It’s a stop—start evening for this Bridesmaids-meets-Weekend At Bernie’s comedy starring Scarlett Johansson

Rough Night

Dir: Lucia Aniello. US. 2017. 101mins

Like many would-be debaucherous evenings, Rough Night starts off with great promise, only to devolve into a series of poor decisions, regretful moments and a general sense of disappointment. A game cast led by Scarlett Johansson hasn’t been given sufficient comedic tools to turn this tale of an ill-fated bachelorette party into the madcap, R-rated romp it very badly wants to be. Some intermittent laughs are mixed with sincere scenes about the complexity of female friendships, but neither element succeeds in making this a Night to remember.

All five actresses have been far funnier in other roles

Sony releases this broad comedy in the US on June 16, hoping to lay claim to some commercial terrain before The House arrives in a few weeks. Johansson supplies star power, alongside an up-and-coming cast that includes Kate McKinnon, Jillian Bell, Ilana Glazer and Zoë Kravitz. Even so, the Bridesmaids-meets-Weekend At Bernie’s premise may only result in moderate grosses.

Johansson plays Jess, a career-oriented woman running for state senate. With her wedding just around the corner, she prepares for an out-of-town bachelorette party thrown by Alice (Bell), her needy best friend who wants to ensure it’s the most amazing weekend of her life. Alongside college pals Blair (Kravitz) and Frankie (Glazer) — and her kooky Australian buddy Pippa (McKinnon) — Jess heads to Miami to sow her wild oats. Unfortunately, their partying leads to the accidental death of a male stripper — and an anxious aftermath in which the women must decide how they’ll hide what they’ve done.

The feature directorial debut of Lucia Aniello, a writer and director on the acclaimed cult sitcom Broad City, Rough Night sets up an awkward tension between Jess and Alice, who were close at school but have drifted apart in recent years. In the midst of this cocaine and booze-fuelled evening, which culminates in the stripper’s death, these two characters aren’t just contending with the possibility of a prison sentence but the immutable fact that they just don’t have much in common anymore.

Aniello, who scripted Rough Night with her writing partner Paul W. Downs (who plays Jess’s ultra-sensitive fiancé Peter), wants to craft a raucous dark comedy with a little heart underneath. And initially, the tart interplay between Jess and her friends sports enough likable moments to raise expectations. But after loosely establishing each character, the movie doesn’t do enough to make them funny, leaving the actors to try to find comedy in their mildly conflicting personalities.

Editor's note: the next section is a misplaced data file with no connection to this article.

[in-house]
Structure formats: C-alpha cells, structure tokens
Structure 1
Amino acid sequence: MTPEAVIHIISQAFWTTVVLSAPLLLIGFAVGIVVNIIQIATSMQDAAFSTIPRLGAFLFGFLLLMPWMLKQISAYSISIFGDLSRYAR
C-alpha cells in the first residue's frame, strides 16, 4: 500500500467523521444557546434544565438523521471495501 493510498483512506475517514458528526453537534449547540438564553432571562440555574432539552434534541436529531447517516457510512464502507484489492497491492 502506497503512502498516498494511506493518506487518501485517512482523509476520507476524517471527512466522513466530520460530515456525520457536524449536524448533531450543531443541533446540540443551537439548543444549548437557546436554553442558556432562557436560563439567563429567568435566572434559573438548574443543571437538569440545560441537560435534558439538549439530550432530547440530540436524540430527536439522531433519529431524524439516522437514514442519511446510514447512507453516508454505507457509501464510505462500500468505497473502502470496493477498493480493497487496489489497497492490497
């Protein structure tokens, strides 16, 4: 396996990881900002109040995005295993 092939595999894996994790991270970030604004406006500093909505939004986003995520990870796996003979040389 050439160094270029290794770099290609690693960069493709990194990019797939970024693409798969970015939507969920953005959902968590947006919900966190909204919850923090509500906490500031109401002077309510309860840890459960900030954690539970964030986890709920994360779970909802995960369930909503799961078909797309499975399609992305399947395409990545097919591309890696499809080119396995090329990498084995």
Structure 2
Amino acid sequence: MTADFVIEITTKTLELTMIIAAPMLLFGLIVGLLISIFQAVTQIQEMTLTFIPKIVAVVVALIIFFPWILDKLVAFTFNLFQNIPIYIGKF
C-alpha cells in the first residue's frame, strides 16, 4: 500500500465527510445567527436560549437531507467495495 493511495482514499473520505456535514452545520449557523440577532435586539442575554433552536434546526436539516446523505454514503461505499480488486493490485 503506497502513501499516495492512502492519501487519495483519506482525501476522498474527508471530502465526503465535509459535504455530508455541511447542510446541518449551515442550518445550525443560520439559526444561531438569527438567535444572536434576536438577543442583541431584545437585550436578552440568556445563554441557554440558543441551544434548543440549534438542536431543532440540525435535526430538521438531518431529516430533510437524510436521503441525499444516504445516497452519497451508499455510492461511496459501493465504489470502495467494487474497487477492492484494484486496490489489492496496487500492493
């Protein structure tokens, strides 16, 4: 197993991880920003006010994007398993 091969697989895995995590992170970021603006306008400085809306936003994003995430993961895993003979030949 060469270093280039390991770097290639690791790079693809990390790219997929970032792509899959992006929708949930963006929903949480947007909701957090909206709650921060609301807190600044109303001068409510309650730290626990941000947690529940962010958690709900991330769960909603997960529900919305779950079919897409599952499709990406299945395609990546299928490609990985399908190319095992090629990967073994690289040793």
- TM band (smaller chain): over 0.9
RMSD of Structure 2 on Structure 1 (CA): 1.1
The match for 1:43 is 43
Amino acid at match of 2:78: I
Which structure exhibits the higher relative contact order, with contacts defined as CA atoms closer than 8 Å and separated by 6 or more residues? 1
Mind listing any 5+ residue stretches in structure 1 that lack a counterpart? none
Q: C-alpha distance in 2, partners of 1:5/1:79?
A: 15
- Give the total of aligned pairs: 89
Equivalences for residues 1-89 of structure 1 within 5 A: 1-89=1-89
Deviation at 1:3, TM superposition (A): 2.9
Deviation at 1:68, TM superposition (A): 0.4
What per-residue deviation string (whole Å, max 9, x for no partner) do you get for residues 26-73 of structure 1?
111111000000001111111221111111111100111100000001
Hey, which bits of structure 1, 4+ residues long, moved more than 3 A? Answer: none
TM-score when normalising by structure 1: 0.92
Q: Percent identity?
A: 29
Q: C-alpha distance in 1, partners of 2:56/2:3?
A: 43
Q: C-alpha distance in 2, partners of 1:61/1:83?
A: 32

All five actresses have been far funnier in other roles, and Bell (terrific in 22 Jump Street) is particularly hampered by a character whose rampant insecurities become irritating rather than endearing. McKinnon, a scene-stealer in last year’s Ghostbusters, works a loopy Australian accent, but there are only so many dimensions she can bring to a one-note “wacky” character. Playing the level-headed member of the group, Johansson exudes her natural charm but can’t enliven this dull straight-arrow.

Rough Night ought to ramp up once the women begin plotting how to hide the corpse, but their scheming fails to generate much gallows humour. And on a practical level, the filmmakers never hit upon a funny solution to the characters’ nerve-wracking dilemma. Instead, we get strained slapstick and tedious digressions, including a wobbly subplot involving a super-horny middle-aged couple (Ty Burrell and Demi Moore) whose sexual frankness grosses out our heroines.

Meanwhile, a convoluted misunderstanding convinces Peter that Jess is going to cancel the wedding, prompting him to drive cross-country to win her back. Rough Night attempts to subvert typical cinematic gender roles — here, it’s the women who have the wild night, whereas Peter is the mild-mannered person in the relationship. Eventually, Aniello does increases the tension, throwing in a fairly predictable plot twist and introducing additional life-or-death stakes. Consequently, Rough Night becomes funnier near the end, simply because everyone involved embraces the screenplay’s mounting screwball absurdity. But even that can’t help offset a film that, for too much of its running time, feels as lifeless as the stiff that’s meant to kick-start the hilarity.

Production companies: Columbia Pictures, LStar Capital

Worldwide distribution: Sony Pictures,

Producers: Matt Tolmach, Lucia Aniello, Paul W. Downs, Dave Becky

Executive producers: Matthew Hirsch, Ben Waisbren

Screenplay: Lucia Aniello & Paul W. Downs

Cinematography: Sean Porter

Production design: Bob Shaw

Editor: Craig Alpert                           

Music: Dominic Lewis


Main Cast: Scarlett Johansson, Kate McKinnon, Jillian Bell, Ilana Glazer, Zoë Kravitz, Paul W. Downs, Ty Burrell, Demi Moore